It is splendid to have been part of the evolution of at least six different Miamis. Our home has grown from a sleepy Southern town, which I found on my honeymoon in 1953, to a vibrant metropolis rightfully placed among the great communities of the world. At each step, we attracted people from every racial, political, social, and economic background. That has led to some of Miami’s most decisive inflection points: our fight for civil rights, women’s rights, gay rights and, even now, our willingness to be a sanctuary for immigrants. Those points have shaped our history, but what defines Miami’s history is our ability to unite across lines of difference and stand together, resilient in the face of challenges.
It should seem obvious, then, that such a community would produce Javier Alberto Soto, a native son and president of The Miami Foundation. His remarkable track record since assuming that role seven years ago includes some of the most significant efforts to unify this diverse Greater Miami that I have ever seen. Chief among them is Give Miami Day.
For the past five years, the foundation has led a rallying cry across Miami-Dade to pour millions into the people and nonprofit organizations serving this community every day. Thousands of donors, from every corner of the community and every walk of life, come together based on their mutual love for the place they call home. In a political and social climate where we are increasingly pushed to define ourselves by our differences, the foundation under Javier’s leadership has been a critical reminder: There is much more that binds Miamians than divides us.
Now, he will take his talent to Washington as the newly elected board chair of the Council on Foundations. For almost 70 years, the Council has been the leading association of grantmaking foundations and corporations, empowering the sector to meet today’s toughest challenges and advance philanthropic activities in the United States and around the world. This volunteer role puts Javier at the forefront of a massively influential organization at a significant moment in the field’s history.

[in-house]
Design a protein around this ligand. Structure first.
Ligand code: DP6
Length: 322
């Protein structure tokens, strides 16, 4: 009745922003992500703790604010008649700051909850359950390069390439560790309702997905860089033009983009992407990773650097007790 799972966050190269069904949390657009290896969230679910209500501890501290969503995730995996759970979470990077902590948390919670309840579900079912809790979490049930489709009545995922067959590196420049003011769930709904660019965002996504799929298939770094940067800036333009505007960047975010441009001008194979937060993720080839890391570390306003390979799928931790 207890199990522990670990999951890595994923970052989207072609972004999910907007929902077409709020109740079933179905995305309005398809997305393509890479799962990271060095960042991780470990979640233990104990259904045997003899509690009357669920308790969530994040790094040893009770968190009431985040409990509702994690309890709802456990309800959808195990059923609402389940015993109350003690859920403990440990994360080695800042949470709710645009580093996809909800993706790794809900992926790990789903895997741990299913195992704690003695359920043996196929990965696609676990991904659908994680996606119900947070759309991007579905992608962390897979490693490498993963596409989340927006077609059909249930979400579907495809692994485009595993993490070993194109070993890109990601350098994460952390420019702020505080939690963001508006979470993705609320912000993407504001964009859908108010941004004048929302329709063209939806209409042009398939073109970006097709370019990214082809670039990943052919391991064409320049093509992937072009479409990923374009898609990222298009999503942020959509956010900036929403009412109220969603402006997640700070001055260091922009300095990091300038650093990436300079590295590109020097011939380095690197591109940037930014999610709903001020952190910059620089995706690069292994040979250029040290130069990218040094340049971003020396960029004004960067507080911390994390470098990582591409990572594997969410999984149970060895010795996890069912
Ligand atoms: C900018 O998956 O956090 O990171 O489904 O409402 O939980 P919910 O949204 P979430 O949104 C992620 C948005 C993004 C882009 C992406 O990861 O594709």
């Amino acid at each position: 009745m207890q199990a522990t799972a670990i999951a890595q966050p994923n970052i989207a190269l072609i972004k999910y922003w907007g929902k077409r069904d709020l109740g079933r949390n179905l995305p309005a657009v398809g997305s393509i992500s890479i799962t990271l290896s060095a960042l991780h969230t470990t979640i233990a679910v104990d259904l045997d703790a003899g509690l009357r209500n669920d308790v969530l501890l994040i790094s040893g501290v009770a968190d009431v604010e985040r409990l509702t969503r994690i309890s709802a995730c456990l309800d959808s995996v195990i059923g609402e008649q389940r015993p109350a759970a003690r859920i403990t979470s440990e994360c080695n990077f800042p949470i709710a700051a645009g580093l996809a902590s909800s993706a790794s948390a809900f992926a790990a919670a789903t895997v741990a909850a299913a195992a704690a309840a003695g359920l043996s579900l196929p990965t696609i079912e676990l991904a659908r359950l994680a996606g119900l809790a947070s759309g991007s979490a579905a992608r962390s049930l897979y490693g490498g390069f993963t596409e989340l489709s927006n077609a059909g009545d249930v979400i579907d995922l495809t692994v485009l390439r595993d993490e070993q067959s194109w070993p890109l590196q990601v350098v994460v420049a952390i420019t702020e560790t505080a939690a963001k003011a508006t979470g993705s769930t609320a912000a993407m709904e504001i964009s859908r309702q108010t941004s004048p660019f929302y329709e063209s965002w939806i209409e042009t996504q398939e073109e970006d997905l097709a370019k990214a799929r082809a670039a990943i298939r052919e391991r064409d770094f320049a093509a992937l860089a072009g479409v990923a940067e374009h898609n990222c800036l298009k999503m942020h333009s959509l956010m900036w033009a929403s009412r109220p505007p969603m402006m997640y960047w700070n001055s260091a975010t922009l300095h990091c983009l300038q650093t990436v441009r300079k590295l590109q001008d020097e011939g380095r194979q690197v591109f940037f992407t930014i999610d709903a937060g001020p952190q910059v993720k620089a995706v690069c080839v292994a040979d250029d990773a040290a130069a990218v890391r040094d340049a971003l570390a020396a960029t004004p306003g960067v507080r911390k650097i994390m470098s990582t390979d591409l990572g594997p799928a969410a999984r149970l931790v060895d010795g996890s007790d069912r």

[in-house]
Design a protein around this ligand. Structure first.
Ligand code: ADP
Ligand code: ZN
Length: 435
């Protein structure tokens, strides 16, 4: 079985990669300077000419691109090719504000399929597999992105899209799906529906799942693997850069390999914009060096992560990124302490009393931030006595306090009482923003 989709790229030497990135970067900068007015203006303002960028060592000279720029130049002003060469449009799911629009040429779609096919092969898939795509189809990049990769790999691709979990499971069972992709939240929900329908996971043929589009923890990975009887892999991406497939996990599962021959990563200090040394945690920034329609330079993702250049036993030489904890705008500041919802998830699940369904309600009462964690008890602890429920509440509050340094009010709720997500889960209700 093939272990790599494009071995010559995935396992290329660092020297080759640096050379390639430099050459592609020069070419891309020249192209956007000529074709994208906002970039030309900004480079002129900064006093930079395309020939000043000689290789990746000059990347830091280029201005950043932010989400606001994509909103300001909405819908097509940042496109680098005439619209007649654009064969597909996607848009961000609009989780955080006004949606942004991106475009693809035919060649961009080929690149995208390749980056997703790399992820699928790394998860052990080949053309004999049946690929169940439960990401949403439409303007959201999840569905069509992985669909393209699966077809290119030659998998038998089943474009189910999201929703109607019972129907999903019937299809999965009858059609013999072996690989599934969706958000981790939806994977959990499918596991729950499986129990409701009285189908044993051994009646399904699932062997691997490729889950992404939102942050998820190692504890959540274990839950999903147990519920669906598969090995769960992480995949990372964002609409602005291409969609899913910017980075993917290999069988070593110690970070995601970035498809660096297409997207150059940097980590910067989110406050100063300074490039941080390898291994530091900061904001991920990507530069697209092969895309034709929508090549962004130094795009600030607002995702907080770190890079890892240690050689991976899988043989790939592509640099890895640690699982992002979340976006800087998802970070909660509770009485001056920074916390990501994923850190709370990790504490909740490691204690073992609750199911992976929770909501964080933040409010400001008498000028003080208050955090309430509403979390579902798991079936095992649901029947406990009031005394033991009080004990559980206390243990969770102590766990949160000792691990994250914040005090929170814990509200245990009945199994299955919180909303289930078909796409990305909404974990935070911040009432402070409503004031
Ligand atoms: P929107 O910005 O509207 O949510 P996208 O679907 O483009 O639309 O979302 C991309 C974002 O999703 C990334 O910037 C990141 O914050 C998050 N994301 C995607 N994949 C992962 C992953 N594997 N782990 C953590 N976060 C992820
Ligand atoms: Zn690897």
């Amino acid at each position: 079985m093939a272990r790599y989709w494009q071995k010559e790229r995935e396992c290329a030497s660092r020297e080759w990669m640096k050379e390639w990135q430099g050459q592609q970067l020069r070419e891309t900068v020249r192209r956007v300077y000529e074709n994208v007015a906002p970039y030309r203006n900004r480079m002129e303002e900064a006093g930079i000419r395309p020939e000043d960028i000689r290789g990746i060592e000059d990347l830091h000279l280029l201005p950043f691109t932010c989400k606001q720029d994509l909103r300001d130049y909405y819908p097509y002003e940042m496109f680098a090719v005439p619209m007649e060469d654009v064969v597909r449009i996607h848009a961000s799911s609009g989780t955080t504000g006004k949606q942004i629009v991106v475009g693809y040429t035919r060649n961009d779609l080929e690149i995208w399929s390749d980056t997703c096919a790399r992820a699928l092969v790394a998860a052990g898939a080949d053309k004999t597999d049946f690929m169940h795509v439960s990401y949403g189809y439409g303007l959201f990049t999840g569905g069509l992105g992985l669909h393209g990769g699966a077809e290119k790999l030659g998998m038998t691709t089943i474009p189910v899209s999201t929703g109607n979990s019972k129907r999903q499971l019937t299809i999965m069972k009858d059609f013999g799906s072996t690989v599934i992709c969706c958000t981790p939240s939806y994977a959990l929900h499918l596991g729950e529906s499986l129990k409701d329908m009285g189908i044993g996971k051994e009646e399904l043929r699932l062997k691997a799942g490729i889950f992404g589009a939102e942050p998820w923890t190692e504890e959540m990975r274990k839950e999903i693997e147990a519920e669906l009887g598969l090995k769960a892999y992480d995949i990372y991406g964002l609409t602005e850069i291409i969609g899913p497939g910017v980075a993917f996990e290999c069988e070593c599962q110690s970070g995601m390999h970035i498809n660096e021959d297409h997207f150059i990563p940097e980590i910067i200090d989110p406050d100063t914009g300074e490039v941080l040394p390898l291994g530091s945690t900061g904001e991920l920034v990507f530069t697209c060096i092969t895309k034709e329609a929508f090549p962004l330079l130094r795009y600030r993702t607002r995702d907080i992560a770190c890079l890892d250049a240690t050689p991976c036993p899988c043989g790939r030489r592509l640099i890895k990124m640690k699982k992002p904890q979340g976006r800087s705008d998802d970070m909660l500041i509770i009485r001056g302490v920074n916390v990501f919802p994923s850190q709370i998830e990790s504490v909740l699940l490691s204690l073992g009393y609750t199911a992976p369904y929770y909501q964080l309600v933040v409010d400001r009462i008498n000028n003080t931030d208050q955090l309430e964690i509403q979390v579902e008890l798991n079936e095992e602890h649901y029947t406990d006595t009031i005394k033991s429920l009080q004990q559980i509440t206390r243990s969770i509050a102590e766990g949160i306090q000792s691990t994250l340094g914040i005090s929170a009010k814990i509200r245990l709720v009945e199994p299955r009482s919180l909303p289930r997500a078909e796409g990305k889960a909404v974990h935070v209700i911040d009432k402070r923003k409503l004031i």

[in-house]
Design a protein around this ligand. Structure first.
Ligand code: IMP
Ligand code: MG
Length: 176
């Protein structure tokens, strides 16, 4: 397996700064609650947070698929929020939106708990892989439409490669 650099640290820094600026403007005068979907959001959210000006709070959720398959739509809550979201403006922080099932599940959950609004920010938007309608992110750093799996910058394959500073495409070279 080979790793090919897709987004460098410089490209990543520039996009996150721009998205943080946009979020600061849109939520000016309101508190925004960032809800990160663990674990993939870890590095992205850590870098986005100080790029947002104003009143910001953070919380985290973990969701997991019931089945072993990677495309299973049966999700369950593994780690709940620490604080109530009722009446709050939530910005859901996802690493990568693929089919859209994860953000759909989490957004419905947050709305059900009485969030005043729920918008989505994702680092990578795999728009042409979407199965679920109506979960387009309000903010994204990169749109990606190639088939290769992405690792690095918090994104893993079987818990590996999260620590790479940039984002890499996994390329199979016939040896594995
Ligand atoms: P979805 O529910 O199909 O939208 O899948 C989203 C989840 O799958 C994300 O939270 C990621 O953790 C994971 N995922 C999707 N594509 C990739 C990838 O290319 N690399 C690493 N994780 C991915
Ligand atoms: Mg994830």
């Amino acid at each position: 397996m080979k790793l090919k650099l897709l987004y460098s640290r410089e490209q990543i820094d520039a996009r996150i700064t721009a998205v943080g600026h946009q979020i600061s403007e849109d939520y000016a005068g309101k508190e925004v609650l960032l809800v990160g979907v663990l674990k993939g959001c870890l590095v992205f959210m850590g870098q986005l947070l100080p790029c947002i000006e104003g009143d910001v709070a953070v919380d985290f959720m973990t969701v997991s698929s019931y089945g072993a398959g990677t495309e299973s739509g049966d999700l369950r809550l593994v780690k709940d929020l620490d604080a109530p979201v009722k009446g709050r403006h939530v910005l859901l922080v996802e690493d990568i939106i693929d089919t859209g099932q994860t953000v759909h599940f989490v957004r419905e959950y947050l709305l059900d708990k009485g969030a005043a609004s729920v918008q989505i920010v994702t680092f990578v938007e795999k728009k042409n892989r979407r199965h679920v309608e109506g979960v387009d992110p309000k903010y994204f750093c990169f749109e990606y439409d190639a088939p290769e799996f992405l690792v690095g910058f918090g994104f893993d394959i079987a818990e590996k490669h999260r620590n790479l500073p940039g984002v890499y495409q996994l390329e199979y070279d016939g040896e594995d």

Nonprofits and philanthropy are under fire. Movements in Washington threaten the sector’s ability to independently serve the community free from political influence. While it’s important that nonprofits collaborate with government leaders to tackle macro-level civic issues, they work to remain a nonpartisan, independent space where different political points of view, large and small businesses, grassroots groups, and local residents can convene around solutions to improve quality of life. It is also no secret that our national endowments and other major public grant sources are at risk of being drastically underfunded or, worse, eliminated. Couple that with proposed tax reform that could undercut charitable giving incentives, and it’s clear why now is the time for a strong, thoughtful voice to advocate on behalf of nonprofits and philanthropies across the nation.
Javier is unquestionably the man for the job. He has shown a keen ability to drive consensus when it matters most. When the Miami, Miami Beach, and Miami-Dade County needed an independent convener to help them submit a joint application to Rockefeller Foundation’s 100 Resilient Cities program, Javier and The Miami Foundation were there. Now, following that successful bid, Greater Miami has joined a prestigious global network of forward-thinking communities, giving us access to funding and top expertise as we prepare for sea-level rise and other threats to our resilience.
Building bridges has been ingrained in Javier because he, too, has witnessed the evolution of this community. As the child of Cuban immigrants who settled here over 40 years ago, he appreciates — as only a Miamian can — how a community built by people across the spectrum can emerge with a shared identity.
We depend on a healthy, well-funded social sector to meet the needs of Greater Miami residents every day. Let’s help him build consensus and fight for us — and every American who has dedicated their life to philanthropic work and service to their community.
Ruth Shack is president emeritus of The Miami Foundation and past board vice chair of the Council on Foundations.